Was Hayek merely a Cold Warrior who is irrelevant today, or does he still have something to teach us? I ask because of two things that have happened to me this morning.
First, I read Steven's observation that my scepticism about the efficiency of bonuses is consistent with the notion that bosses "simply lack the knowledge to run their firm effectively." Secondly, I fell into a conversation with a stockbroker who believes that he has the ability to spot fund managers who have the ability to beat the market.
Hayek is relevant to both issues. For me, his massively important insight is that individuals' knowledge is fragmentary and limited:
The knowledge of the circumstances of which we must make use never exists in concentrated or integrated form but solely as the dispersed bits of incomplete and frequently contradictory knowledge which all the separate individuals possess. The economic problem of society is thus not merely a problem of how to allocate "given" resources...it is a problem of the utilization of knowledge which is not given to anyone in its totality.
If this were all, Hayek would be merely a historic figure - someone who was on the right side of history, but is irrelevant now.
But I don't think he is. The question he posed - what are the limits are individuals' economic knowledge? - still matters in at least two ways:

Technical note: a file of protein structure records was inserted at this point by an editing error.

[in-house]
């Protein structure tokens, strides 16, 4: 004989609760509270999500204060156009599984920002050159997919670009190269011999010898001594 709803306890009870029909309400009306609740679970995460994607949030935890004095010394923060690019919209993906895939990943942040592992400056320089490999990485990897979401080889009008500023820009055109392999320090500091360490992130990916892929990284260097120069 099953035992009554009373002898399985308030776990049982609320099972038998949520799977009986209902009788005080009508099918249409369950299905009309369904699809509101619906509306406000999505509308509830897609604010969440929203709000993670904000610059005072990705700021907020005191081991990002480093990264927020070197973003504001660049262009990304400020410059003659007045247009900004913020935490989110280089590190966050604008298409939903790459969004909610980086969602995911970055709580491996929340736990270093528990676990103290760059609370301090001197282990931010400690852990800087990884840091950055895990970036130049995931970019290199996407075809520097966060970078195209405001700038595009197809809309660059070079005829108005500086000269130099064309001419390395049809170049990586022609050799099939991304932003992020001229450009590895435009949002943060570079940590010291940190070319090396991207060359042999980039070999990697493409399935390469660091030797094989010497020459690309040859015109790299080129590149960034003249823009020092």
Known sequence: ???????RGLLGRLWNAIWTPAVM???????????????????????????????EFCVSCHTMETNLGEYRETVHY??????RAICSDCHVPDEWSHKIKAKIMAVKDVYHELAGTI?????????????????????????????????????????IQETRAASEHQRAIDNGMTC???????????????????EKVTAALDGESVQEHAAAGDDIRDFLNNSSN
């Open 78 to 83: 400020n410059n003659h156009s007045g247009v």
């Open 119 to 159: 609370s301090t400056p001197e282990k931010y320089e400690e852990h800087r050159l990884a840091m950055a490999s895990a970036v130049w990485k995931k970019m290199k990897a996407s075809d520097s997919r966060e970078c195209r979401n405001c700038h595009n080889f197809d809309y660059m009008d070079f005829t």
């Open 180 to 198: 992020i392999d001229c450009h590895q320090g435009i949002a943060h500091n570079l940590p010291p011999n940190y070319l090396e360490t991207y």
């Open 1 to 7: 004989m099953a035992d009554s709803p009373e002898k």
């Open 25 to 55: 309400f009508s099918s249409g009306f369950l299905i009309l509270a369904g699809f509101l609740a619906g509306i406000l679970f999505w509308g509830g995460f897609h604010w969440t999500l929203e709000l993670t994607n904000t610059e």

- If extensive knowledge is possible, then bosses might be able to manage big companies well. If not, then centrally planned companies will be inefficient. Sure, perhaps competition will eventually weed out egregious incompetence, but market forces might not grind so finely as to eliminate all inefficiency - and might even in some cases actually select in favour of quacks and charlatans.
- Should we trust fund managers with our wealth? If some people know better than the market, then maybe. But if individuals are less good at information gathering than the market, the answer is no. And the evidence (pdf) suggests no.
I'd add a third example. Labour's promise to "cut the deficit every year" is also a claim to knowledge. It just about makes sense if you know that the economy will grow every year. But this cannot be known; recessions are unpredictable and unpredicted.
There's a common theme in these three examples. The claim that individuals can possess extensive knowledge is also a claim to power and wealth; CEOs, fund managers and politicians all say: "trust us, because we know better."
In this sense, Hayek's message has shifted. Whereas it used to support dominant western institutions, it now undermines them. For this reason, it might be no coincidence that the question "what are the limits of our economic knowledge?" is rarely asked nowadays.